map = map %>% addCircleMarkers(data = data, ~longitude, ~latitude, radius = 1, 
        weight = 2, opacity = 0.5, fill = TRUE, fillOpacity = 0.2, color = ~factpal(kingdom), 
        group = i)
map %>% addLayersControl(overlayGroups = groups, options = layersControlOptions(collapsed = FALSE))

It may be that there is a more efficient (or rather legible) way of going about this but we will stick with this for the time being.

We have now created a control layer. There a quite a few other options we might pursue and we will look at those below. For the moment we will simply look at options to export our map.

Adding Hyperlinked Popups to the Map Points

As we saw earlier, we can simply add popup labels to the data using popup = data$species. However, we can go quite a lot further by creating hyperlinks to make our map interactive. For that we will need a function that will generate the hyperlinks and labels that we might want. We will then need to combine the hyperlinks into a single field for use as the labels.

The function allows for hyperlinks to be constructed for Google, Crossref, GBIF and the Lens (a patent database). The function takes four arguments. The vector of terms to be used in the search, the label for our marker (e.g. Lookup on Google) and the type of link (e.g. Google).

# function to create hyperlinks
map_url <- function(query, label = "NULL", type = "NULL") {
    href <- "<a href="
    close_href <- ">"  #included for flexibility in labelling
    close_a <- "</a>"
    if (type == "google") {
        query <- stringr::str_replace_all(query, " ", "+")
        google_base <- ""
        url <- paste0(google_base, query)
        out <- paste0(href, shQuote(url), close_href, label, close_a)
    if (type == "crossref") {
        query <- stringr::str_replace_all(query, " ", "+%2B")
        crossref_base <- ""
        url <- paste0(crossref_base, query)
        out <- paste0(href, shQuote(url), close_href, label, close_a)
    if (type == "gbif") {
        query <- stringr::str_replace_all(query, " ", "+")
        gbif_base <- ""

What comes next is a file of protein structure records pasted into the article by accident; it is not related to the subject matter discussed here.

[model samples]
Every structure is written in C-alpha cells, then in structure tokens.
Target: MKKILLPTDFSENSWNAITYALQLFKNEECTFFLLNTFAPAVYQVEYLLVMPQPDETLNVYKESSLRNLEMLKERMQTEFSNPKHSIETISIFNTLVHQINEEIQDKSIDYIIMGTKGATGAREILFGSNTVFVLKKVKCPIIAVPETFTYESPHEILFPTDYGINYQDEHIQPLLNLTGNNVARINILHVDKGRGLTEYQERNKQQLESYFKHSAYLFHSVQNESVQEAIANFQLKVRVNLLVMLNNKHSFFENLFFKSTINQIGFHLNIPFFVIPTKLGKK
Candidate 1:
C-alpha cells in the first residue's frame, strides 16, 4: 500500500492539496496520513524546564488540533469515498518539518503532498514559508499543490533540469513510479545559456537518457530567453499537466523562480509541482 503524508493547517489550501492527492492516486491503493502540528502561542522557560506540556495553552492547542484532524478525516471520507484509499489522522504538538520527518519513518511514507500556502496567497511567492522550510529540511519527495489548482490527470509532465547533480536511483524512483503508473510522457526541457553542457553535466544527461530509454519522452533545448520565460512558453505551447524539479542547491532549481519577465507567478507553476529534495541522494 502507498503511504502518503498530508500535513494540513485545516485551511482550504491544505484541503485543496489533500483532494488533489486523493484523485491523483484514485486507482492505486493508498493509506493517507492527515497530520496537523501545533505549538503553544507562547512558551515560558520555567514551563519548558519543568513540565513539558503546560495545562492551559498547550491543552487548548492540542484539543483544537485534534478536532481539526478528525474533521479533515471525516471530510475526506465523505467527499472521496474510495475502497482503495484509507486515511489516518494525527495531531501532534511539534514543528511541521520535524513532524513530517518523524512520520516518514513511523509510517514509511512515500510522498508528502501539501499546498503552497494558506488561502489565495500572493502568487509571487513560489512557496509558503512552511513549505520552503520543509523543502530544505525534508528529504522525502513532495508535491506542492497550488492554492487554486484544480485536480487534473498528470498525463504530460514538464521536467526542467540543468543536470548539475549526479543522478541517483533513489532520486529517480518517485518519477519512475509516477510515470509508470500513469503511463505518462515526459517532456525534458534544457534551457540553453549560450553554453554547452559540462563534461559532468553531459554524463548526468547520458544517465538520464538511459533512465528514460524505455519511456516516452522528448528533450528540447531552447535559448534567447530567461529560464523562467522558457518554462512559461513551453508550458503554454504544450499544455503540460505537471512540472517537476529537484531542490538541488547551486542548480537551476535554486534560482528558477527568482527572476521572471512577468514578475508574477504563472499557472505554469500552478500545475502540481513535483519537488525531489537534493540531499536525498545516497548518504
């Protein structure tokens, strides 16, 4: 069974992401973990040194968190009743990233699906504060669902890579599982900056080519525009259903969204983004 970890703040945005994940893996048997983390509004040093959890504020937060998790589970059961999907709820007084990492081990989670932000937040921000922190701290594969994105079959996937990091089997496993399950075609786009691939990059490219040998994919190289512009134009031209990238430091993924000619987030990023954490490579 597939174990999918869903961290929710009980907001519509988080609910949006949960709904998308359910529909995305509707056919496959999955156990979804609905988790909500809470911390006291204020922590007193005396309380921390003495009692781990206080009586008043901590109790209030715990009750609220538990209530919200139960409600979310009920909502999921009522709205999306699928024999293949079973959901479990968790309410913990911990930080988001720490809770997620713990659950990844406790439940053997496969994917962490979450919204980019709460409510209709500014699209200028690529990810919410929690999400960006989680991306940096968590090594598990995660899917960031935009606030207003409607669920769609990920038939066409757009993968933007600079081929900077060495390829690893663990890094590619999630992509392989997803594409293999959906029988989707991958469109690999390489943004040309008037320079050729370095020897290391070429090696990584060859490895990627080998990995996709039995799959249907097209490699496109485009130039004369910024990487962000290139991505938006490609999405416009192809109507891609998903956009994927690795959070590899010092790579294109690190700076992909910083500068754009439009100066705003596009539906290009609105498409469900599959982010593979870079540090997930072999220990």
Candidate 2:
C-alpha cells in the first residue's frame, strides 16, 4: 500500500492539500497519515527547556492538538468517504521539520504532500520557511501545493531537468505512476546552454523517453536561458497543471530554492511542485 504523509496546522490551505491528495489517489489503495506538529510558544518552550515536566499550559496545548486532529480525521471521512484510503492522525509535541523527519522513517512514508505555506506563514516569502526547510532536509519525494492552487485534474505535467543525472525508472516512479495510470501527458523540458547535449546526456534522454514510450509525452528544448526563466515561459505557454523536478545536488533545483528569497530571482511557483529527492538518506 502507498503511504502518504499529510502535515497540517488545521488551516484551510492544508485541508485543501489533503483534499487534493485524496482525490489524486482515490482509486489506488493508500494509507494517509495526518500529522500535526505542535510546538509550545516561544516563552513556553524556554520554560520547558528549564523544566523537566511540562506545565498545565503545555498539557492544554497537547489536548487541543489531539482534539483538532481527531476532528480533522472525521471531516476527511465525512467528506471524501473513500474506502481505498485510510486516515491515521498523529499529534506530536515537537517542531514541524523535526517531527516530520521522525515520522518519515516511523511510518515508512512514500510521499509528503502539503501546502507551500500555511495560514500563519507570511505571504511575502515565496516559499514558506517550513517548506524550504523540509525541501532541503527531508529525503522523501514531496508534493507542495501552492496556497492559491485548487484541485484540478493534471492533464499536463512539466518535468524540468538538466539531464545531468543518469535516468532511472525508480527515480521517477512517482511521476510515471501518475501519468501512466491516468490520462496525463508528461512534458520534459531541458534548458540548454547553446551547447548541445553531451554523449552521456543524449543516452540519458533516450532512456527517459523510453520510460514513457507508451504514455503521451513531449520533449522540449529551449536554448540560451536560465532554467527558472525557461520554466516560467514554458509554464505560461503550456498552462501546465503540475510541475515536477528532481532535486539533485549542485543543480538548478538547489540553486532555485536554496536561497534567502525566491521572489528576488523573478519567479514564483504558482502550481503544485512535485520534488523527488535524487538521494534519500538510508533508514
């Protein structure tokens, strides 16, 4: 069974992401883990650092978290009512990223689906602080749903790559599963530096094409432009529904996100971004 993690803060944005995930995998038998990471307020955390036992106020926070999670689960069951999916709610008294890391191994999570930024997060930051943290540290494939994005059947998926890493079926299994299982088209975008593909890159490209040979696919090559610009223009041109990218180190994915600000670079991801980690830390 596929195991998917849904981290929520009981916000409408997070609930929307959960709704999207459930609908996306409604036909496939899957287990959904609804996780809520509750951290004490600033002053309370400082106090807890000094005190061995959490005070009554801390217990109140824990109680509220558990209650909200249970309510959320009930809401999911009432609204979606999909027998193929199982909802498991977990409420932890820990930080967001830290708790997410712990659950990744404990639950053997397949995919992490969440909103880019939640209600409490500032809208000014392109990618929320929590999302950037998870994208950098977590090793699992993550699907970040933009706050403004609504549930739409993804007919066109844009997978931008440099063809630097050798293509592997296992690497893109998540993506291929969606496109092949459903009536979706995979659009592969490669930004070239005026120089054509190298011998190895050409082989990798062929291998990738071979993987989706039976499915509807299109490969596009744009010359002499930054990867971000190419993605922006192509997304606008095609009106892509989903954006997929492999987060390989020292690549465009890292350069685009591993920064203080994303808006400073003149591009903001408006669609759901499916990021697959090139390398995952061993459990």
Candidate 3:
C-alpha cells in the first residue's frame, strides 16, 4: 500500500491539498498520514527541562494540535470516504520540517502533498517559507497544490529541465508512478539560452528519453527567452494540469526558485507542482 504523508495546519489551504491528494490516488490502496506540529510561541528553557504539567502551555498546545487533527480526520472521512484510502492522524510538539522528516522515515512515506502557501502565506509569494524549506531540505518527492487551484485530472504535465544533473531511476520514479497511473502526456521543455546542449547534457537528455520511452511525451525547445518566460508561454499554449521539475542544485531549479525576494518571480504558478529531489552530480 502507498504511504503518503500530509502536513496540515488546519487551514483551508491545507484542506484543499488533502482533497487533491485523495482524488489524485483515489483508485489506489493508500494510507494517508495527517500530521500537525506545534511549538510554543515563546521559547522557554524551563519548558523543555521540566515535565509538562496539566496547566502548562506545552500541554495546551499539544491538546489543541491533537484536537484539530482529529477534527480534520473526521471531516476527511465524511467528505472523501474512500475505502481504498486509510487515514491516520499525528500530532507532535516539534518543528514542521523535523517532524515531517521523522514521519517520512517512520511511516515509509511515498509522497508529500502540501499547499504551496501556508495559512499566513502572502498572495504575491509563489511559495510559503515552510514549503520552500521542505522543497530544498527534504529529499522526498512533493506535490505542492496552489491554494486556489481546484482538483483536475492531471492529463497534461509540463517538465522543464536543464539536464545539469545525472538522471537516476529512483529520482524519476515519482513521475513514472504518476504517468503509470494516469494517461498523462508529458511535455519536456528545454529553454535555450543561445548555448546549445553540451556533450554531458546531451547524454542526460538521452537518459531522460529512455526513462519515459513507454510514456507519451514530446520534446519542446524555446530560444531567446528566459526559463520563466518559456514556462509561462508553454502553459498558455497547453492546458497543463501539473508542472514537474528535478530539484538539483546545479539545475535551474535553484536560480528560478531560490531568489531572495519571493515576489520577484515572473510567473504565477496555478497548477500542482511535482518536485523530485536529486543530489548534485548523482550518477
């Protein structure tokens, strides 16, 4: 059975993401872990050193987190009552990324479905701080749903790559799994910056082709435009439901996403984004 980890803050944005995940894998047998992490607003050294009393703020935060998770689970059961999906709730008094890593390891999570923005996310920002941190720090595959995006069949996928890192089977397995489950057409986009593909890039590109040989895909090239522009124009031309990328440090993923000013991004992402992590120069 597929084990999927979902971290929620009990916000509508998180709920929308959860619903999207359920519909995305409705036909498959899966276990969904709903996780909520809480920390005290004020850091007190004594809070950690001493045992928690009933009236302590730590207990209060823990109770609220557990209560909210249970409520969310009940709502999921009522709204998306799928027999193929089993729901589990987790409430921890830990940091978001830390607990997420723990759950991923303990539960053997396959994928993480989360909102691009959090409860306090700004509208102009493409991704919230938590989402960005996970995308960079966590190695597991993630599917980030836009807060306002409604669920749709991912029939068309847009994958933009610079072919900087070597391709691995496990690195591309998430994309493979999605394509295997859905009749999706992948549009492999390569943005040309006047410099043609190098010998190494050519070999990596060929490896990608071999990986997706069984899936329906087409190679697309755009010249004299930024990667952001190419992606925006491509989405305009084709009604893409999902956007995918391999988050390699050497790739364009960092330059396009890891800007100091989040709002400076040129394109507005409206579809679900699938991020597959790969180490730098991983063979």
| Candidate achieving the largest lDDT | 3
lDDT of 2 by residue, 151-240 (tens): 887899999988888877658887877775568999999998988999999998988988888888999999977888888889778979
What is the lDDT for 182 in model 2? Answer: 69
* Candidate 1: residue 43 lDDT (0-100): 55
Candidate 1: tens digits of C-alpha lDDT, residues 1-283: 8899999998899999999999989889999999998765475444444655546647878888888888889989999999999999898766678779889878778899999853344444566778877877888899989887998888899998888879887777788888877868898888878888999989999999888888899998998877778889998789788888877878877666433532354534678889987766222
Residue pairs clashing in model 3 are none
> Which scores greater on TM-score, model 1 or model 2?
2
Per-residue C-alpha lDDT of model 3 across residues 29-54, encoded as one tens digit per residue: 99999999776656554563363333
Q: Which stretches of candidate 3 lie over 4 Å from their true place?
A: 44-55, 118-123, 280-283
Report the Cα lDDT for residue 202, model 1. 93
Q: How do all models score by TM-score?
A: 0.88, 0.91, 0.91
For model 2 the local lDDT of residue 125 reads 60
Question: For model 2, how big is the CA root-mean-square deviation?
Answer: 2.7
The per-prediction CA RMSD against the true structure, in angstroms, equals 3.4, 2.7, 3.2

url <- paste0(gbif_base, query)
        out <- paste0(href, shQuote(url), close_href, label, close_a)
    if (type == "lens") {
        # note restriction to main jurisdictions and no stemming to reduce
        # duplication and false positives
        query <- stringr::str_replace_all(query, " ", "+")
        lens_base <- ""
        url <- paste0(lens_base, "%22", query, "%22", "&jo=true&j=EP&j=JP&j=US&j=WO&st=false&n=50")
        out <- paste0(href, shQuote(url), close_href, label, close_a)

Next we need to use the function to add columns to our dataset. Note that here we are using the species name as the query.

# create columns with formatted links
kenya_3000$google <- map_url(kenya_3000$species, label = "Lookup Google", type = "google")
kenya_3000$crossref <- map_url(kenya_3000$species, label = "Lookup Crossref", 
    type = "crossref")
kenya_3000$lens <- map_url(kenya_3000$species, label = "Lookup Patents", type = "lens")
kenya_3000$gbif <- map_url(kenya_3000$species, label = "Lookup GBIF", type = "gbif")

Next we need to combine the columns into one label with the HTML to make them look reasonably neat.

# combine links for use as a popup
kenya_3000$combined_label <- paste0("<br>", "<strong>", kenya_3000$species, 
    "</strong>", "</br>", "<br>", kenya_3000$google, "</br>", "<br>", kenya_3000$gbif, 
    "</br>", "<br>", kenya_3000$crossref, "</br>", "<br>", kenya_3000$lens, 

We now use the combined_label column as the value for the pop up field in our map.


groups = unique(kenya_3000$kingdom)

map = leaflet(kenya_3000) %>% addTiles(group = "OpenStreetMap")
for (i in groups) {
    data = kenya_3000[kenya_3000$kingdom == i, ]
    map = map %>% addCircleMarkers(data = data, ~longitude, ~latitude, popup = data$combined_label, 
        radius = 1, weight = 2, opacity = 0.5, fill = TRUE, fillOpacity = 0.2, 
        color = ~factpal(kingdom), group = i)
map %>% addLayersControl(overlayGroups = groups, options = layersControlOptions(collapsed = FALSE))